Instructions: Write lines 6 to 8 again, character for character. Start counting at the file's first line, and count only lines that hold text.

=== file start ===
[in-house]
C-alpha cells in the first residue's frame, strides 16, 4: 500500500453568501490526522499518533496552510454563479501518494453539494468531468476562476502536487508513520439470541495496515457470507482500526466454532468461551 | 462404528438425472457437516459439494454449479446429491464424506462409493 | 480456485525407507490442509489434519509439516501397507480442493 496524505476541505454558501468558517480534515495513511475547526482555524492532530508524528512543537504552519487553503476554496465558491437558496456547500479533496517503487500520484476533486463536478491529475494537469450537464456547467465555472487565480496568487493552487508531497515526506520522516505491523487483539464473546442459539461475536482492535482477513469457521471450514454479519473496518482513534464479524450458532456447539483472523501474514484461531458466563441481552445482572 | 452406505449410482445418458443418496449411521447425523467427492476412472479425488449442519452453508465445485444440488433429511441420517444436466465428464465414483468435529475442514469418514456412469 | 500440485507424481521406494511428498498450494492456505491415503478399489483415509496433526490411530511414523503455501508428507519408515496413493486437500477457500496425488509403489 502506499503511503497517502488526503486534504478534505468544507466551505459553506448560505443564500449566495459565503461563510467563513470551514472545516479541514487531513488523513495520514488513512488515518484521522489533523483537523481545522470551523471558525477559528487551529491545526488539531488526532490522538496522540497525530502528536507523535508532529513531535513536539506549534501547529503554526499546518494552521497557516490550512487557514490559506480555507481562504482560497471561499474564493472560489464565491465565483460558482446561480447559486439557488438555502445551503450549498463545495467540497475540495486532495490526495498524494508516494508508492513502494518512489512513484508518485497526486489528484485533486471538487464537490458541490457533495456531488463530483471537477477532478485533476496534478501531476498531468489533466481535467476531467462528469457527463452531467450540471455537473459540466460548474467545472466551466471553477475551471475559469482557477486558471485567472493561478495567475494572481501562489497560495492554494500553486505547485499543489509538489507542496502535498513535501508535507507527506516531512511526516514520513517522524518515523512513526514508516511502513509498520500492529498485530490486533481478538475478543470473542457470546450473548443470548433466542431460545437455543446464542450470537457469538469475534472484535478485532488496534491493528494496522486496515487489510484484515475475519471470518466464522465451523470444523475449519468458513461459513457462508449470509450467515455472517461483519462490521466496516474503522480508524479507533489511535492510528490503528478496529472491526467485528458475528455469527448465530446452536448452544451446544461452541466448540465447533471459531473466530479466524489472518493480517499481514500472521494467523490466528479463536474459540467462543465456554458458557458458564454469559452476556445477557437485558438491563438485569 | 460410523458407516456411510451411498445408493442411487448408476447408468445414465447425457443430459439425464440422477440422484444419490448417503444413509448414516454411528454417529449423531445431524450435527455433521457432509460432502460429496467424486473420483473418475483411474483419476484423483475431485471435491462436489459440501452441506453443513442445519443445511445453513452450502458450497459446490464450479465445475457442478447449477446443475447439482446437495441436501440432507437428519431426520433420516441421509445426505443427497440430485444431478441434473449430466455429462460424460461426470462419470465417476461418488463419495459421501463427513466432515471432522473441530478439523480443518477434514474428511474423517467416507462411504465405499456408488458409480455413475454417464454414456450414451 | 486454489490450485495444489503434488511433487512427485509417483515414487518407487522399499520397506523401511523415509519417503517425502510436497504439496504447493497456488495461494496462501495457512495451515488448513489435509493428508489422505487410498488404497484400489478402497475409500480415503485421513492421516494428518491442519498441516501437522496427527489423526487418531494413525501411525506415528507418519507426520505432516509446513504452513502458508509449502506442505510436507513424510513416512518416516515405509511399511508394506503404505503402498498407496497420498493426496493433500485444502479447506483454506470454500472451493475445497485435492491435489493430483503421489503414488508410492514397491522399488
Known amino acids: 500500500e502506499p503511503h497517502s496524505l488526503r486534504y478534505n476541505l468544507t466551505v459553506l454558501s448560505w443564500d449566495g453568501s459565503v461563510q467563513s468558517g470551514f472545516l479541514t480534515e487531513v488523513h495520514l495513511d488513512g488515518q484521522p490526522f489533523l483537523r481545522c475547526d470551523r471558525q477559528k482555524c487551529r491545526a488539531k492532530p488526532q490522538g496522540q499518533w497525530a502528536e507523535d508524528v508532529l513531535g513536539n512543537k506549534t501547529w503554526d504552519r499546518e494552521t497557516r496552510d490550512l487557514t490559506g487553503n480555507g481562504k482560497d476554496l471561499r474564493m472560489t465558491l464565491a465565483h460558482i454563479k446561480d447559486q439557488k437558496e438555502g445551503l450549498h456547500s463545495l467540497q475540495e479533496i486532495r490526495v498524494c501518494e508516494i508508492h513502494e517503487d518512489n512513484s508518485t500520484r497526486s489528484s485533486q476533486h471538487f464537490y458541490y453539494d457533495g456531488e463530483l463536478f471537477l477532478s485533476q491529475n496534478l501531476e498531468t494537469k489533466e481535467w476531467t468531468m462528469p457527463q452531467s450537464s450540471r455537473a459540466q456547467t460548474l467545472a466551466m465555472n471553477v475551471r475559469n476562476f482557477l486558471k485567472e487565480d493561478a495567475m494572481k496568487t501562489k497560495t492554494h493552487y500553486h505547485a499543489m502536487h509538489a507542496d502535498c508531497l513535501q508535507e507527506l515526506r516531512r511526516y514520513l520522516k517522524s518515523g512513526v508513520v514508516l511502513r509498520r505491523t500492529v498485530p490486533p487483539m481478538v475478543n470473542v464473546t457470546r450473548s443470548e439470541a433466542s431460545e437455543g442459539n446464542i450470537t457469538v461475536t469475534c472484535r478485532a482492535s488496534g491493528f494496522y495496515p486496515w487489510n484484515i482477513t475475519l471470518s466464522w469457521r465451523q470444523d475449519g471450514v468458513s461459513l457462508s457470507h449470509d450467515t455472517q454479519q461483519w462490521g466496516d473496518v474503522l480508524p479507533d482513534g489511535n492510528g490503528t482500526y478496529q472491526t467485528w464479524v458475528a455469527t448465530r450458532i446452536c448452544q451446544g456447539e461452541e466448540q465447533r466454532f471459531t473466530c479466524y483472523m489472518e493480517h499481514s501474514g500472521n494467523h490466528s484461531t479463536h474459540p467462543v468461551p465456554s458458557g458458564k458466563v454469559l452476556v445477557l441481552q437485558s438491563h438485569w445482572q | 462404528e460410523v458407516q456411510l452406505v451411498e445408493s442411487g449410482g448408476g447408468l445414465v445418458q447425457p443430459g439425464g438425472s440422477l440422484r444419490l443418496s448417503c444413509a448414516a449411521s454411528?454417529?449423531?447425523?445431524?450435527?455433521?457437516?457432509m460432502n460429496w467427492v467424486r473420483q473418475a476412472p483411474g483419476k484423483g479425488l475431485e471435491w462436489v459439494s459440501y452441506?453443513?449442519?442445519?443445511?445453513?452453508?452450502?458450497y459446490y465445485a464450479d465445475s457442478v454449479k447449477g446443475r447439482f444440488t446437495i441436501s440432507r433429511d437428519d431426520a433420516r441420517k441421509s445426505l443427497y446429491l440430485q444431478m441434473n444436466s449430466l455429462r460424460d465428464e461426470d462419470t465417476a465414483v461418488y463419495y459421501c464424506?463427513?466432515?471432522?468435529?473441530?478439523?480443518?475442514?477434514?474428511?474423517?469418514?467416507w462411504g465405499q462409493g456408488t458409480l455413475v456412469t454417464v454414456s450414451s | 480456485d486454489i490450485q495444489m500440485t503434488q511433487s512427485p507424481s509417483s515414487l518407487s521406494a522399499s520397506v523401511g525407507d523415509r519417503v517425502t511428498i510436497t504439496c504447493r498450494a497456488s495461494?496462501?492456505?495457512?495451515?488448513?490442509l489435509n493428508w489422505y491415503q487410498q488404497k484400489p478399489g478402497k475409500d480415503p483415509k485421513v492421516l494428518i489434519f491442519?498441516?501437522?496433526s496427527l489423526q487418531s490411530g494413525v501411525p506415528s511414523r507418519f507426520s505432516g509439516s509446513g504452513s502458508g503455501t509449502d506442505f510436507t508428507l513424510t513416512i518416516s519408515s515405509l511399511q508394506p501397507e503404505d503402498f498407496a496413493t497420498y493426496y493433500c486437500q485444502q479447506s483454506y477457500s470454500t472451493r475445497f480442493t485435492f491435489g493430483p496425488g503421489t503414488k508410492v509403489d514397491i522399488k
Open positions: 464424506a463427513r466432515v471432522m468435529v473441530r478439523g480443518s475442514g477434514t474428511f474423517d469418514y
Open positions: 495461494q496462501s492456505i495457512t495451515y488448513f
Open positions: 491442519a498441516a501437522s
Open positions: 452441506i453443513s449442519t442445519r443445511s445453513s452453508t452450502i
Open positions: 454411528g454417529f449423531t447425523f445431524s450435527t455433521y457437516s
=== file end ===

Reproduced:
Open positions: 491442519a498441516a501437522s
Open positions: 452441506i453443513s449442519t442445519r443445511s445453513s452453508t452450502i
Open positions: 454411528g454417529f449423531t447425523f445431524s450435527t455433521y457437516s